Albert Tucker was born Melbourne, Victoria in 1914. He is known as a contemporary painter of symbolist, surrealist and expressionist works as well as a printmaker.
Albert Tucker lays claim that he received no formal at training. He was closely associated with other great Australian artists such as Sir Sidney Nolan, Arthur Boyd and John Perceval during the beginnings of the contemporary art movement in Melbourne during the 1930’s.
Albert Tucker served in the army during the war years. He was president of the Contemporary Art Society and spent some time in 1947 with the occupational forces in Japan as an official war artist and then moved to live and paint in the United Kingdom, Europe and the United States during 1947.
Albert Tucker’s work first attracted attention in Melbourne during the depression years, when he earned a precarious living as a freelance illustrator, painter and writer. He married the artist Joy Hester (1920-1960) with whom they had a son, Sweeney (later adopted by John and Sunday Reed), but the marriage broke up in the 1940’s.
Albert Tucker was influenced by the work of German expressionists, such as Beckmann (at that time unknown in Australia). Tucker’s paintings, which laid emphasis on the unrest and savagery of the times, offended prevailing conservative tastes and were attacked by reactionary academic groups. He responded vigorously in polemics published in the magazine “Angry Penguins” and in the work he did as president of the Contemporary Art Society in Melbourne from 1943 to 1947.
During the time in 1947 when he was in Japan as an official war artist, he worked with Harry Roskolenko, an American writer attached to the Allied occupational forces. At the end of the same year Tucker returned to Australia, then moved to Europe, where he lived and worked for the next 11 years before going to the United States. During this period he held exhibitions in Amsterdam, 1951; Paris, 1952; Rome, 1953; London, 1957; and New York, 1960.
In 1960 he won the One Thousand Pound Kurt Geiger Foundation award, administered by the Museum of Modern Art, Melbourne and this provided the funds for his return to Australia. In his evocations of an “antipodean image”, Tucker, like Sidney Nolan, had been largely responsible for awakening interest abroad in the potential of Australia as a painter’s country, particularly in respect to its desert regions and its history. The critic of “Time and Tide”, London aptly described his pictures, as statements of Australia, stripping off the thin, twentieth-century veneer and displaying a scarred rock landscape or pulverised desert. This kind of painting is a mature distillation of environment, an uprooted and transplanted tradition of the weirdness of the other side of the world.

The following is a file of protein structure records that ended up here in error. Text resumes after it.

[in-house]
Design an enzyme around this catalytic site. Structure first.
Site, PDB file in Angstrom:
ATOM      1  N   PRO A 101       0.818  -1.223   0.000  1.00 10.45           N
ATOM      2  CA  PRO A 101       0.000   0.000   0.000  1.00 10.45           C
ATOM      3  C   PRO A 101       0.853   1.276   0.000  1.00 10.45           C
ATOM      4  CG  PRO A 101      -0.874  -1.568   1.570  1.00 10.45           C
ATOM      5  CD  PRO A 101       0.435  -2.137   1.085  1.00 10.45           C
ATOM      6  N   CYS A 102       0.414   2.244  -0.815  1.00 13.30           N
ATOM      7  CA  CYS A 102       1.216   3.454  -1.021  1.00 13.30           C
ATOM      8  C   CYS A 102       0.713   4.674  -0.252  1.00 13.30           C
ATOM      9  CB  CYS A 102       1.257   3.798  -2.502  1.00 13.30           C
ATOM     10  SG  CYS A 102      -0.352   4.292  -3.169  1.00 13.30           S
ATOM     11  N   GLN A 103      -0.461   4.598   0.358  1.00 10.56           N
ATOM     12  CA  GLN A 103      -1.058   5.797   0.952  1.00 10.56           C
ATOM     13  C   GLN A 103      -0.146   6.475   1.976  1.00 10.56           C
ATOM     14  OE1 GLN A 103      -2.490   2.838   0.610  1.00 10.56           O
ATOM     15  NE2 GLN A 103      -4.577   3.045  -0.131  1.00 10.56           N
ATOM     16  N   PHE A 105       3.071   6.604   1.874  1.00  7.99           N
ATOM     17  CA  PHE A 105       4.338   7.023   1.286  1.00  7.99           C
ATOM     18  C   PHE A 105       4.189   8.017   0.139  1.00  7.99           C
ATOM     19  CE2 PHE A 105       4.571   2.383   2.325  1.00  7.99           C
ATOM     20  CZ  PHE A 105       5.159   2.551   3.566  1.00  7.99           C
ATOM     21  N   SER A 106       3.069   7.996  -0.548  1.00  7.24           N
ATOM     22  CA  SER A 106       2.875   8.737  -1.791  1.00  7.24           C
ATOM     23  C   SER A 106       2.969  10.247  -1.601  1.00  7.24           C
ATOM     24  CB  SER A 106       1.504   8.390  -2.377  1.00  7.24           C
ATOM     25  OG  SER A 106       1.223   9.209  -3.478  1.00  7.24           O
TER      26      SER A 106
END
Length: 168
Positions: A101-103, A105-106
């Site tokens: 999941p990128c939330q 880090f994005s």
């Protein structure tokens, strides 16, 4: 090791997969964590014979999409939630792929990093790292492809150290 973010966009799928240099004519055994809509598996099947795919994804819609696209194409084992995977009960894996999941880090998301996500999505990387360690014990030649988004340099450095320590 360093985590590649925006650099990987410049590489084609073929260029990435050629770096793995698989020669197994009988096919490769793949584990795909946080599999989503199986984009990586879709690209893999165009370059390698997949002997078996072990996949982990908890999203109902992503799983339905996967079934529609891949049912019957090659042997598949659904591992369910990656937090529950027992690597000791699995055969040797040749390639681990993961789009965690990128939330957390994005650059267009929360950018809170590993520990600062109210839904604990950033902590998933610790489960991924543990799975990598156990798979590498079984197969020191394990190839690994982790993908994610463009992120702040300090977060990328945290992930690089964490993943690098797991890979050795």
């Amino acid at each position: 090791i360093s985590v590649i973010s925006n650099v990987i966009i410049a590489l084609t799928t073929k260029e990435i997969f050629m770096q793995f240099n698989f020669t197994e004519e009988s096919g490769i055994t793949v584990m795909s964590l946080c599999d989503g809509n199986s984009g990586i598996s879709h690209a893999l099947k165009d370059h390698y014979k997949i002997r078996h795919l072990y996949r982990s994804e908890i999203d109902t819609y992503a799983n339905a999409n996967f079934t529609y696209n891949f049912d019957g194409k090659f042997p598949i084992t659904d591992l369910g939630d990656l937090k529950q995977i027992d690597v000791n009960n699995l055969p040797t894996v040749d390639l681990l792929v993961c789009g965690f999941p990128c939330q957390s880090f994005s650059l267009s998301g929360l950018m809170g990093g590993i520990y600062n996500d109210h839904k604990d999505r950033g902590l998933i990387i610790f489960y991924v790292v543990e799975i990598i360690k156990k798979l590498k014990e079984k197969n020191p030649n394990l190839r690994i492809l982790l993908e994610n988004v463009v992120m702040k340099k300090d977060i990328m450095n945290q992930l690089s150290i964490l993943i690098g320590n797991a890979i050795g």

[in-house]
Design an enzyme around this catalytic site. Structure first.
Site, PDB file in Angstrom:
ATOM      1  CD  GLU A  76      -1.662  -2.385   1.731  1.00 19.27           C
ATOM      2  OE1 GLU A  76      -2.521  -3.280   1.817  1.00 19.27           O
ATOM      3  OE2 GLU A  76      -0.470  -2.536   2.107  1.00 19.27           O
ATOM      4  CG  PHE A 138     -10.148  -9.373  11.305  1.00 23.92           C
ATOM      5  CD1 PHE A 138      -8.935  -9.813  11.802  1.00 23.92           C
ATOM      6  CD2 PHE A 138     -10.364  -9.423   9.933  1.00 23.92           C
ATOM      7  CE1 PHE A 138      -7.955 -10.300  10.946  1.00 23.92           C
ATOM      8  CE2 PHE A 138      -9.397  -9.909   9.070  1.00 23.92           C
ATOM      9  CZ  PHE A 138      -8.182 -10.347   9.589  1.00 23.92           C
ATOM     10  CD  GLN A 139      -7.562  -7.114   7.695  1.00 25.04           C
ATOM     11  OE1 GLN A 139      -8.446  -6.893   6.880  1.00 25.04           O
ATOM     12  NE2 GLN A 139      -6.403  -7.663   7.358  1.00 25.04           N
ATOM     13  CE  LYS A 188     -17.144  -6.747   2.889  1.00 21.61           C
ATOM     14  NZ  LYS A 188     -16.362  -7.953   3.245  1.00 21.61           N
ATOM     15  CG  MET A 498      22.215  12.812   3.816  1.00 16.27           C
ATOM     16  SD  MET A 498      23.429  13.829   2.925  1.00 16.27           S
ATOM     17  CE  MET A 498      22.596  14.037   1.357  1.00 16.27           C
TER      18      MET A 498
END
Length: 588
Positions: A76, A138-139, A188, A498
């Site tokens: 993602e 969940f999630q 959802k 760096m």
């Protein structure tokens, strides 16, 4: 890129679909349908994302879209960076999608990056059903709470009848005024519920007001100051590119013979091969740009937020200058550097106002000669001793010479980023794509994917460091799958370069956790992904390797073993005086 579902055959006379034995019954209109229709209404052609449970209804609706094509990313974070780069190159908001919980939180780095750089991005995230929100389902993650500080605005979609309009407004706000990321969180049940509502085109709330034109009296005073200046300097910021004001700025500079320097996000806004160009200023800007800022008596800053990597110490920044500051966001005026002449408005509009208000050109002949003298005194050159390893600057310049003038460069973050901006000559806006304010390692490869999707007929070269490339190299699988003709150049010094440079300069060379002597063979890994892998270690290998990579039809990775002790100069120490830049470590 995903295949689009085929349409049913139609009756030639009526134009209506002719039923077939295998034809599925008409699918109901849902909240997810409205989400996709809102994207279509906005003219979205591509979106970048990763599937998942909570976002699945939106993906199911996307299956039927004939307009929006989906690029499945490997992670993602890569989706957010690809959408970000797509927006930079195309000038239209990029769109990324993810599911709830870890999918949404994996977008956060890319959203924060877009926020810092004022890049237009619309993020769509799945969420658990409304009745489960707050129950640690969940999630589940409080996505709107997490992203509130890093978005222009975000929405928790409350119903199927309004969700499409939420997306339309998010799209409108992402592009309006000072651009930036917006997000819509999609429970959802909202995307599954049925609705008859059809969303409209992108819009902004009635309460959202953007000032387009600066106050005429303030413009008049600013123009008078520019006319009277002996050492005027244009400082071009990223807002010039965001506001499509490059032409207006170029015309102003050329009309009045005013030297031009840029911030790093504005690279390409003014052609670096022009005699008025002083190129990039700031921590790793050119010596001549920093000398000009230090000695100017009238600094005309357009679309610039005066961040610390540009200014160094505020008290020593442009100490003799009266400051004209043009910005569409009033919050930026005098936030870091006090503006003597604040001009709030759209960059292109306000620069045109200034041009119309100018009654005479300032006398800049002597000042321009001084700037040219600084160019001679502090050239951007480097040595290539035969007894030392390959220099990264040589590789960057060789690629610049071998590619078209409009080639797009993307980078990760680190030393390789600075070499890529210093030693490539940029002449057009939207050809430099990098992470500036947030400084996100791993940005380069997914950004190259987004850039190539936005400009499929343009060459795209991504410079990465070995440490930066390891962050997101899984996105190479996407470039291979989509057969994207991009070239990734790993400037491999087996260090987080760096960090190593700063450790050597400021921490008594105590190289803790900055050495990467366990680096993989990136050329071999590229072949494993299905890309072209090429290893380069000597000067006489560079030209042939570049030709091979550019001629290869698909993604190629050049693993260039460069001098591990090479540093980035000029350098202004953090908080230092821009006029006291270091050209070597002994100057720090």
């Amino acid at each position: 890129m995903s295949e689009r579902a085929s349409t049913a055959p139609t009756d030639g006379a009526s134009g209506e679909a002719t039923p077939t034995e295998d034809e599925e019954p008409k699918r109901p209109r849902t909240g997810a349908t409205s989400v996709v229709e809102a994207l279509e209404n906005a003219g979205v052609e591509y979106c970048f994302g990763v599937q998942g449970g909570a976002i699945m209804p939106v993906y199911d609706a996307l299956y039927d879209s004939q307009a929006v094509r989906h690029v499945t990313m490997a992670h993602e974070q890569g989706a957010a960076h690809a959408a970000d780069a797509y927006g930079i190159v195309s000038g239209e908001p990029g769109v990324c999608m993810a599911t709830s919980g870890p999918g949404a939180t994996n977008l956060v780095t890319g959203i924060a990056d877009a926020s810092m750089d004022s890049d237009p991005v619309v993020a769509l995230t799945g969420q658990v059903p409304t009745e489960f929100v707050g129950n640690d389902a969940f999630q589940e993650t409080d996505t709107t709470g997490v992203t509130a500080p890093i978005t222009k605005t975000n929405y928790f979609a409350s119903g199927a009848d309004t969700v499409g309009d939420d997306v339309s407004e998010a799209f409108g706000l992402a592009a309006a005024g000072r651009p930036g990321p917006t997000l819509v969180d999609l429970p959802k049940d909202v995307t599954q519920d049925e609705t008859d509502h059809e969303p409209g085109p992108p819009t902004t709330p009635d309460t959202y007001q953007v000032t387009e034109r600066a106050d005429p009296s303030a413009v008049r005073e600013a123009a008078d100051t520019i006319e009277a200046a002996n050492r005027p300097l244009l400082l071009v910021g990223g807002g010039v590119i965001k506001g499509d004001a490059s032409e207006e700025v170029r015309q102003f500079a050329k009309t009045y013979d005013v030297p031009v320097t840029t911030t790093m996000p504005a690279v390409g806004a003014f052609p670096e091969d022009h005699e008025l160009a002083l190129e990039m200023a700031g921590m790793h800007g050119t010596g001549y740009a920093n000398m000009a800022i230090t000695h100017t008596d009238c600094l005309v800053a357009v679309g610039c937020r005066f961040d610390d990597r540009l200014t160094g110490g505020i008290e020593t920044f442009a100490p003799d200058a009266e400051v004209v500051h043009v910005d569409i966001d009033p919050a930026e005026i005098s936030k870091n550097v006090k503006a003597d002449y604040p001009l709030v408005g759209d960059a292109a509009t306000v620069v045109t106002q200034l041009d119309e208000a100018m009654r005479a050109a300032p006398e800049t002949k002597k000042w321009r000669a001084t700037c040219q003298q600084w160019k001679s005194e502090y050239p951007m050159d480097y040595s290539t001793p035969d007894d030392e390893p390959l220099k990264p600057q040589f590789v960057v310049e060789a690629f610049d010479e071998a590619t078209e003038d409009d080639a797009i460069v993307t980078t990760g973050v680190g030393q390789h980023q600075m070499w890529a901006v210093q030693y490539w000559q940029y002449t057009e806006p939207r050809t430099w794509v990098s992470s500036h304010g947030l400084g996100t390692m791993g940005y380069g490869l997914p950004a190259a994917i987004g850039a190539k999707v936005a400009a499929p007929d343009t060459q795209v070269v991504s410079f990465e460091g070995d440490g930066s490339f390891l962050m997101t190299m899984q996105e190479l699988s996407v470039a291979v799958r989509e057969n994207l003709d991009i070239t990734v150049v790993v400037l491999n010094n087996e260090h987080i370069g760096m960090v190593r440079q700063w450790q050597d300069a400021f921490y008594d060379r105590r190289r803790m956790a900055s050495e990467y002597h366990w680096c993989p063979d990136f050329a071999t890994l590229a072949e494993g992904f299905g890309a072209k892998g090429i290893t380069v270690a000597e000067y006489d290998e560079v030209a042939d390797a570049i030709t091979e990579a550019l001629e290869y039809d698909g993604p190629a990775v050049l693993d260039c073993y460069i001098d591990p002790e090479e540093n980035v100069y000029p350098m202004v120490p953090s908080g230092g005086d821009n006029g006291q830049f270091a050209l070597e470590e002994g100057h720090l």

Asked to define his own attitude in 1963, Albert Tucker said that for him, art stopped with that moment of poised tension, which remained just before the resolution of an enigma, the sense of an impending encounter with a final truth. He also felt that art was the evidence of man’s attempt to exorcise his unknown destiny, to reach those emblems, which lie below and above the individual ego and outside history.
From the time of his return to Australia in 1960, Tucker held a number of increasingly successful Australian exhibitions, originating mainly at the Australian Galleries, Collingwood. A forthright critic of the preliminary showing of the Tate Gallery “Exhibition of Australian Art” in Adelaide, 1962, he did much to bring about the necessary modifications and additions to the exhibition before it left for London.
Sculpture in bronze was added to his accomplishments in his exhibition “Images of Modern Evil”, Sweeney Reed Galleries, Brunswick, Victoria in 1972. In 1978, a major solo exhibition of some 215 works on paper was shown at Tolarno Galleries in Melbourne. Other major solo exhibitions were “Albert Tucker 1982-93”; Tolarno Galleries 1982, “Faces I Have Met”, 55 portraits, Tolarno 1985; “Drawings of Albert Tucker”, retrospective at National Gallery of Victoria in 1989. Significant group exhibitions in which his work appeared in 1993 include “Rebels and Precursors”: “Aspects of Painting in Melbourne 1937-47; National Gallery of Victoria 1962 with 39 paintings represented; “Art and Social Commitment: An End to the City of Dreams” 1931-48; Art Gallery of New South Wales and touring state galleries 1984-85; “Angry Penguins and Realist Painting in Melbourne in the 1940’s”; Haywood and Tate Galleries, London 1988-1989; “The Great Australian Art Exhibition” and “The Face of Australia” Bicentennial exhibitions 1988-89; “Classical Modernism: The George Bell Circle”, National Gallery of Victoria in 1992.
A major retrospective of his work was curated by the National Gallery of Victoria and toured Australian State Galleries in 1989 and 1990. Albert Tucker also won the “Australian Women’s Weekly“ Portrait Prize in 1959. He was awarded an Order of Australia for services to the arts in 1984. Albert Tucker died in 1999.
His works are widely represented in the National Collection, Canberra; Museum of Modern Art, New York; Solomon R. Guggenheim Museum, New York; Mertz Collection, United States; Mendel Collection, Canada; Institute Nacional De Bellas Artes, Mexico; all State and many Regional Galleries as well as institutional and private collections in Australia and overseas.
Showing the single artwork